A 15 amp duplex is still good for 20 amp feed-thru current.


  7. #7
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    Default Re: Common outlet over current protection.

    Quote Originally Posted by Jim Port View Post
    The number of appliances with a 20 amp cord cap in a residential settingis typically 0. Therefore no need for the 20 amp configuration in receptacles. Commercial and industrial is different.

    A 15 amp duplex is still good for 20 amp feed-thru current.
    Jim, I think you're saying that we can have duplex receptacles rated for 15 amps installed on a 20 amp circuit, because the appliances which could be plugged in will not draw more than 15 amps each? Is that what you're saying?


  8. #8
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    Default Re: Common outlet over current protection.

    John K,

    In the US if there is more than 1 place to plug into the circuit, you can have 15 amp slot devices on the circuit. A duplex counts as 2 places.

    A simplex receptacle would need to be rated for the OCPD.


  9. #9
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    Mar 2007
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    Default Re: Common outlet over current protection.

    Jeffery,

    20 amp rated circuits are only required for some receptacle outlet locations, as Jim Port said (bathroom, kitchen small appliance, laundry, and the like), leaving all other receptacle outlets being on 15 amp rated circuits.

    Keep in mind that "outlets" means lighting outlets, smoke detector outlets, and receptacle outlets, so you need to define what you are asking by specifying "receptacle outlets".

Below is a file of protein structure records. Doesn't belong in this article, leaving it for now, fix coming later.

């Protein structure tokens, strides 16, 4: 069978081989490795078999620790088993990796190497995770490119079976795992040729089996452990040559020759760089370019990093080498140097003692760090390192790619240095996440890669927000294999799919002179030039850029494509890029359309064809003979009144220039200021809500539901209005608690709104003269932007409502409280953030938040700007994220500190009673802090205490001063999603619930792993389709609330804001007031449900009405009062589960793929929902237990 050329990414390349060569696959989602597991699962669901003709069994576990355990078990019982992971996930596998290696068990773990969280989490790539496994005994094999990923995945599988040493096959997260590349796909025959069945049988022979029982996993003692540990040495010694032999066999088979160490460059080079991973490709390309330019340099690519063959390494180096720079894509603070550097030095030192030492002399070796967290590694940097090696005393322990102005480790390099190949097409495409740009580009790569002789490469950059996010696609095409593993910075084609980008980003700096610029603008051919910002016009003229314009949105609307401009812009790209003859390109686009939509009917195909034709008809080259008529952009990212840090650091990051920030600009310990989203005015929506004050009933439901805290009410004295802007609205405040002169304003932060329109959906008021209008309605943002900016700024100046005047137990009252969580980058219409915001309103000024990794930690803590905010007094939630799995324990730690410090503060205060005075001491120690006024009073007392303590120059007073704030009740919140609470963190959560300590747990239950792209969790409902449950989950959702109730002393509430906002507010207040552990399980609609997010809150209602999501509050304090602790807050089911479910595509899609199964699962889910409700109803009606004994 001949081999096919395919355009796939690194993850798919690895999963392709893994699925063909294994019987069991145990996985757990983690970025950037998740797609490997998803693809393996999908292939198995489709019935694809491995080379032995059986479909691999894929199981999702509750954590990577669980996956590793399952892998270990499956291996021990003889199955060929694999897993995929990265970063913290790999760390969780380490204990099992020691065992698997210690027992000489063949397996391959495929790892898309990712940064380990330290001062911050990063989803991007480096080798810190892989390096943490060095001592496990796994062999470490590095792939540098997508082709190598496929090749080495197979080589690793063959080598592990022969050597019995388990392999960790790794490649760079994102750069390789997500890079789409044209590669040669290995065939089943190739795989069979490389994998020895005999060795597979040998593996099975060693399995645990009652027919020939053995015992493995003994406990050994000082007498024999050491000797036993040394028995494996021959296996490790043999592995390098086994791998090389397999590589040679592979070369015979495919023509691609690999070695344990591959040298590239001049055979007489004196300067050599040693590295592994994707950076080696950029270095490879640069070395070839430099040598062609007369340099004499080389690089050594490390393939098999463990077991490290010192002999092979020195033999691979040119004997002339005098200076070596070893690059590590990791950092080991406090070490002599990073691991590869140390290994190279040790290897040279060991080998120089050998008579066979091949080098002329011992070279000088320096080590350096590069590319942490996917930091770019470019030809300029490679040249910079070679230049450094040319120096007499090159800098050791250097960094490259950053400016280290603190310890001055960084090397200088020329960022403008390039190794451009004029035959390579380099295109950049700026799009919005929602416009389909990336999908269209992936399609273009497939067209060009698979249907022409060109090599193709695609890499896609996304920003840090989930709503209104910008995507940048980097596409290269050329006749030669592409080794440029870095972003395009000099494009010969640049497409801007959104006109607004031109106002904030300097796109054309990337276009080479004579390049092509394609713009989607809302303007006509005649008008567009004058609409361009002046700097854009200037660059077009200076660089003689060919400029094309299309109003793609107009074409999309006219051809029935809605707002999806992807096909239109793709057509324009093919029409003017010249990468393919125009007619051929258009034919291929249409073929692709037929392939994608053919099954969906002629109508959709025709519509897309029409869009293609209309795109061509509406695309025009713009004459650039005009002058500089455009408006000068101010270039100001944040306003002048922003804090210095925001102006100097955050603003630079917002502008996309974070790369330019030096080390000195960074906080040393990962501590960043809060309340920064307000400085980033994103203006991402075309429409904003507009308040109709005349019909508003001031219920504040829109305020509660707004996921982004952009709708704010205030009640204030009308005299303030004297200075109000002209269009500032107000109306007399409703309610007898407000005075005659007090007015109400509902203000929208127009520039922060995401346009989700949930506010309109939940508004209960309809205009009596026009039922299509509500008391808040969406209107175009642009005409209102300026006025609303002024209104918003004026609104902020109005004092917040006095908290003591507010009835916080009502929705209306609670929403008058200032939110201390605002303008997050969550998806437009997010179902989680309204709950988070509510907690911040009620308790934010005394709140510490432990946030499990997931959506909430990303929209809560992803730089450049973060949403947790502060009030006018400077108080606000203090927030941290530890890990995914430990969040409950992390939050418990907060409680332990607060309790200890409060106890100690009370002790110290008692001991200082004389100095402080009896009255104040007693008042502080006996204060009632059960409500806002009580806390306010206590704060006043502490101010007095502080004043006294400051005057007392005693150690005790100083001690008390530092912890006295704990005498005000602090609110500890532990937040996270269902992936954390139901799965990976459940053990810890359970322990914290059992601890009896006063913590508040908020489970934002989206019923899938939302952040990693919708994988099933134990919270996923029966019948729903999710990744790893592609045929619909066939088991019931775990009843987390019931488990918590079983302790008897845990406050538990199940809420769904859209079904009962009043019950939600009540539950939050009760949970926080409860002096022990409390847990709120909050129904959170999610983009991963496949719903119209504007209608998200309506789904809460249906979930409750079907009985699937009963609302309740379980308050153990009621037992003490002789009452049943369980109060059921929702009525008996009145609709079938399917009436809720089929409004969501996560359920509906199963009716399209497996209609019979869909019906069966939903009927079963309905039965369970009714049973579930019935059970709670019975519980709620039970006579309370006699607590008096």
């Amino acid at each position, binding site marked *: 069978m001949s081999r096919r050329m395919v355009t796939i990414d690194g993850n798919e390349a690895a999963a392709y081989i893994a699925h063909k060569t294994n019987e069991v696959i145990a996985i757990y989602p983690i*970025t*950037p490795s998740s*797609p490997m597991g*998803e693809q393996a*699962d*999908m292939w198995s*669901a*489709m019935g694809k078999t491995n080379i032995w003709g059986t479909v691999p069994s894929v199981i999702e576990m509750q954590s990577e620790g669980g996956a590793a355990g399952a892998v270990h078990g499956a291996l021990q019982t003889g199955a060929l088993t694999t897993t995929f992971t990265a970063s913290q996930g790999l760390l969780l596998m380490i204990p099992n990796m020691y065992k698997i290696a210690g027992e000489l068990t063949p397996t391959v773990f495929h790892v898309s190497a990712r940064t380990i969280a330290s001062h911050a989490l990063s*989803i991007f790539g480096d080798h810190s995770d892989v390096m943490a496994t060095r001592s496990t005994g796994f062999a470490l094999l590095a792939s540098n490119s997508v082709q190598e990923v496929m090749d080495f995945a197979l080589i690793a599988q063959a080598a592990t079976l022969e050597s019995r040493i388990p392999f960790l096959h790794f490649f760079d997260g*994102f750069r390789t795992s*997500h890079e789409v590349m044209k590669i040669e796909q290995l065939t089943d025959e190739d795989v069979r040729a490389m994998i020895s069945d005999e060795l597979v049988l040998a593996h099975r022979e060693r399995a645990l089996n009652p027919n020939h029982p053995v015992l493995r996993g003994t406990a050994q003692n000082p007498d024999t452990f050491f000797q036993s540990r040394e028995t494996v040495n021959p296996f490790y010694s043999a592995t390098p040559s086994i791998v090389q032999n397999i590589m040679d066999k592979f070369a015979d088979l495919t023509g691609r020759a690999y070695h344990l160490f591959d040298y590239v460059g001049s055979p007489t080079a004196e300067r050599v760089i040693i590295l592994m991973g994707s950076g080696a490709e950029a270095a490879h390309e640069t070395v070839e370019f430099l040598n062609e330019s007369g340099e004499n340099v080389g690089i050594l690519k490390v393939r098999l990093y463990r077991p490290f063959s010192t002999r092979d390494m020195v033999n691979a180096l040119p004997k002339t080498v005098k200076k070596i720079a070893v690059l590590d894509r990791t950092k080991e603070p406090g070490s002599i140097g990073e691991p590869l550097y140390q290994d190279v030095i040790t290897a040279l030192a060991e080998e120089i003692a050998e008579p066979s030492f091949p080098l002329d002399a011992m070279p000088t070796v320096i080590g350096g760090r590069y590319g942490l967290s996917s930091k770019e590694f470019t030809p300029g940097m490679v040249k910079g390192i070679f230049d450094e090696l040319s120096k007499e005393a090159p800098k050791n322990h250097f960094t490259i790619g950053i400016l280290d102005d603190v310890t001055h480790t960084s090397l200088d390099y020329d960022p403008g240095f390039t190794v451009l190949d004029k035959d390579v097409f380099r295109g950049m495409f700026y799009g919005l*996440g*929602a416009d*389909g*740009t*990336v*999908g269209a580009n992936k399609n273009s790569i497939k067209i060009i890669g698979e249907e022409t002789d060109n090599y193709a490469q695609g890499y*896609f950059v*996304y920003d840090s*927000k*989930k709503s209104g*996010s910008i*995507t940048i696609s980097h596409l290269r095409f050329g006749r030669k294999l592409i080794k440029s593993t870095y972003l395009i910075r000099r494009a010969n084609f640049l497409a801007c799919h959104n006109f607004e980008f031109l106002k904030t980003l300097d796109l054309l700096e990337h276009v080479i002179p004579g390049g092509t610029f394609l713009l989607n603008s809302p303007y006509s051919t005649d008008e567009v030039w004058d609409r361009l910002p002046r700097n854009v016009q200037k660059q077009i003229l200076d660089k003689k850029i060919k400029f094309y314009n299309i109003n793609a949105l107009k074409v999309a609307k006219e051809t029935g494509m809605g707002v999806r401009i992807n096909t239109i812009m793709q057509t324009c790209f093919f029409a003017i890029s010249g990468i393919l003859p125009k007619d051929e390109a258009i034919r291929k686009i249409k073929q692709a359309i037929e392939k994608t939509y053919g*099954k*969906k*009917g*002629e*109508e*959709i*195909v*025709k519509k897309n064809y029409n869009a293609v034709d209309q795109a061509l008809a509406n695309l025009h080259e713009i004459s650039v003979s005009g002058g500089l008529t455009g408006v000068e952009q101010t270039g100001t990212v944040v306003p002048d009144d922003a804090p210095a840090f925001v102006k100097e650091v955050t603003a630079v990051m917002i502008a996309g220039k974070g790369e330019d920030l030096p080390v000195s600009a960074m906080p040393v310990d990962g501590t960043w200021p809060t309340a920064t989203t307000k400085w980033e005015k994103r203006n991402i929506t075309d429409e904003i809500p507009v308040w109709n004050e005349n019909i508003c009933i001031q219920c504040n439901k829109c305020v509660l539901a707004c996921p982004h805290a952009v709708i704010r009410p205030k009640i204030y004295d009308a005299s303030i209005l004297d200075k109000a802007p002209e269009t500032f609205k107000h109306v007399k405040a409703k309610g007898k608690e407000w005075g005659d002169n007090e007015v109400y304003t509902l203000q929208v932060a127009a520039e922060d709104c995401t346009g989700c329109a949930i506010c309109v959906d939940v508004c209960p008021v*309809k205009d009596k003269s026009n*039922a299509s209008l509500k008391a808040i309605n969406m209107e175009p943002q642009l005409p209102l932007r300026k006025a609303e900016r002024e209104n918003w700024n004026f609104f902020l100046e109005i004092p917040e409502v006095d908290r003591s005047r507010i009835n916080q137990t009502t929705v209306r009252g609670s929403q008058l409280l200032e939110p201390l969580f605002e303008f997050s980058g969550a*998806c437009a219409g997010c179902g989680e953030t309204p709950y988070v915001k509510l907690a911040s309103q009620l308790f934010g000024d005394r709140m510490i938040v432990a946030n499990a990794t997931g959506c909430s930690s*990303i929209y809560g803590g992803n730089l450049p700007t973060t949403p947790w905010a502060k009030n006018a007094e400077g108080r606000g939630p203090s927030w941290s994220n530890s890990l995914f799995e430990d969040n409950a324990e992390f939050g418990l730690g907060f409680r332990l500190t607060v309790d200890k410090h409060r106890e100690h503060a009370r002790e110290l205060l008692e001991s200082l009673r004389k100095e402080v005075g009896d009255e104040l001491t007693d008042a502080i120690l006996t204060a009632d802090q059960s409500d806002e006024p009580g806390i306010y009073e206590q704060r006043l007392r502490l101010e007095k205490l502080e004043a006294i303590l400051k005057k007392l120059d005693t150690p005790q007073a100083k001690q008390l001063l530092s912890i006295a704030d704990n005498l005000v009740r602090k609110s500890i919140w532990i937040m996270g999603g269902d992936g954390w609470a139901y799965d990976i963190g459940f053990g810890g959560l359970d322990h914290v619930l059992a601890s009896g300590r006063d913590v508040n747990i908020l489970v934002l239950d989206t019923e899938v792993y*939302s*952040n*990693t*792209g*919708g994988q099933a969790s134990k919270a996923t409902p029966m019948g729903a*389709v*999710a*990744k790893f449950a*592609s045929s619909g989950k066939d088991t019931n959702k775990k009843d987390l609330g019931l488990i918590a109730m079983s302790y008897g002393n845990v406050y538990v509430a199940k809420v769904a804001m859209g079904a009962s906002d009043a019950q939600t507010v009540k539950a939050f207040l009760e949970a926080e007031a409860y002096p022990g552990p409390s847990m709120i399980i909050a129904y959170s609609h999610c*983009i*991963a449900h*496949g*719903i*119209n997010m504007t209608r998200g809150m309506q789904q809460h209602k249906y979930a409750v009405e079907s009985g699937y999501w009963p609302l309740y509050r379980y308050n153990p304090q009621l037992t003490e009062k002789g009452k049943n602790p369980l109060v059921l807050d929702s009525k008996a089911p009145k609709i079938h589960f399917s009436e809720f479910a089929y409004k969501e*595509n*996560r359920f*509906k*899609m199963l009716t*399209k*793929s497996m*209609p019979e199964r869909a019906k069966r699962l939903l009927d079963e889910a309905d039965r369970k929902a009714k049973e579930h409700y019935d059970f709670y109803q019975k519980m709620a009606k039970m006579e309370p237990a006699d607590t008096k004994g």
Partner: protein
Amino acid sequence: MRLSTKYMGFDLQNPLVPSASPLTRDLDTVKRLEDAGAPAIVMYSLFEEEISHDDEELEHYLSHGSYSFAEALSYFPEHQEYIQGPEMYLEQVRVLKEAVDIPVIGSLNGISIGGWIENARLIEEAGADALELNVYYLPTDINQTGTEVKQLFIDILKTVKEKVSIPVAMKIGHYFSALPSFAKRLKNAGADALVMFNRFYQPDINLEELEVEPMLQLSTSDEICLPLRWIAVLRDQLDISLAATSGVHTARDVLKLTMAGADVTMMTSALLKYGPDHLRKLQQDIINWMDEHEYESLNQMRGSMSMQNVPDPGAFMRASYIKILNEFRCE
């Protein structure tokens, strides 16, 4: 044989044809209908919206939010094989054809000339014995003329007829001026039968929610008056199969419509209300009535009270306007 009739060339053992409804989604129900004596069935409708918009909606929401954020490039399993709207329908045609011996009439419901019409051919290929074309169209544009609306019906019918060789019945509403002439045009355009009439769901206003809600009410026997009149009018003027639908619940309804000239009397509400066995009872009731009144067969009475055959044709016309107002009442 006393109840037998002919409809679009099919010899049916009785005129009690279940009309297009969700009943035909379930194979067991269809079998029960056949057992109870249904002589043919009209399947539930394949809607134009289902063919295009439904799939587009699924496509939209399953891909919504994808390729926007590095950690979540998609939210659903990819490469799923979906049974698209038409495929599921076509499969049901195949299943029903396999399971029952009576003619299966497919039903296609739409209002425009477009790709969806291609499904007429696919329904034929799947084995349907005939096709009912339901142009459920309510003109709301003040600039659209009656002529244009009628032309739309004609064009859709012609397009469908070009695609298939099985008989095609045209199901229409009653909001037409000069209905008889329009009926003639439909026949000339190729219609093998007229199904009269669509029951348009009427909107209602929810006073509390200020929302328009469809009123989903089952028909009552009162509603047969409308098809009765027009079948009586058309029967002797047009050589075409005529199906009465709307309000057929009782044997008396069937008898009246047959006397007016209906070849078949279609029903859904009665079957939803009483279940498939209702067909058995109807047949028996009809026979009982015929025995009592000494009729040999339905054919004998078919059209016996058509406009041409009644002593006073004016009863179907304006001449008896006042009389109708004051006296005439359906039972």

As stated in posts above, as long as there are two more more "receptacle outlets" on a circuit, each receptacle outlet on a 20 amp circuit is allowed to be rated for 15 amps.

    When there is only one receptacle outlet on one circuit, then the receptacle outlet needs to be rated for at least as much as the circuit is rated. This may seem odd, in that you are allowed to install a single 50 amp receptacle on a 30 amp circuit as the only receptacle outlet but are not allowed to install a single 30 amp receptacle on a 50 amp circuit as the only receptacle outlet.

    You may be thinking 'But, if you plug in a 50 amp appliance the breaker will trip.', which is in fact true, and good.

    The other option would allow a 30 amp appliance to be plugged into a 50 amp circuit on a 50 amp breaker, allowing the receptacle to burn up before the breaker trips. This would not be good.

    Jerry Peck, Construction / Litigation Consultant
    Construction Litigation Consultants, LLC ( www.ConstructionLitigationConsultants.com )
    www.AskCodeMan.com

  10. #10
    Join Date
    Mar 2007
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    Greenville, N.C.
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    Default Re: Common outlet over current protection.

    Thanks to all. And yes I meant receptacle outlets. It does all start with good language. I understand the wire size/breaker size relationship just fine. And I look religiously for that. But when my buddy said "Don't all receptalce outlets have to be on a 20 amp breaker?"
    I did not have a clear answer.

    JLMathis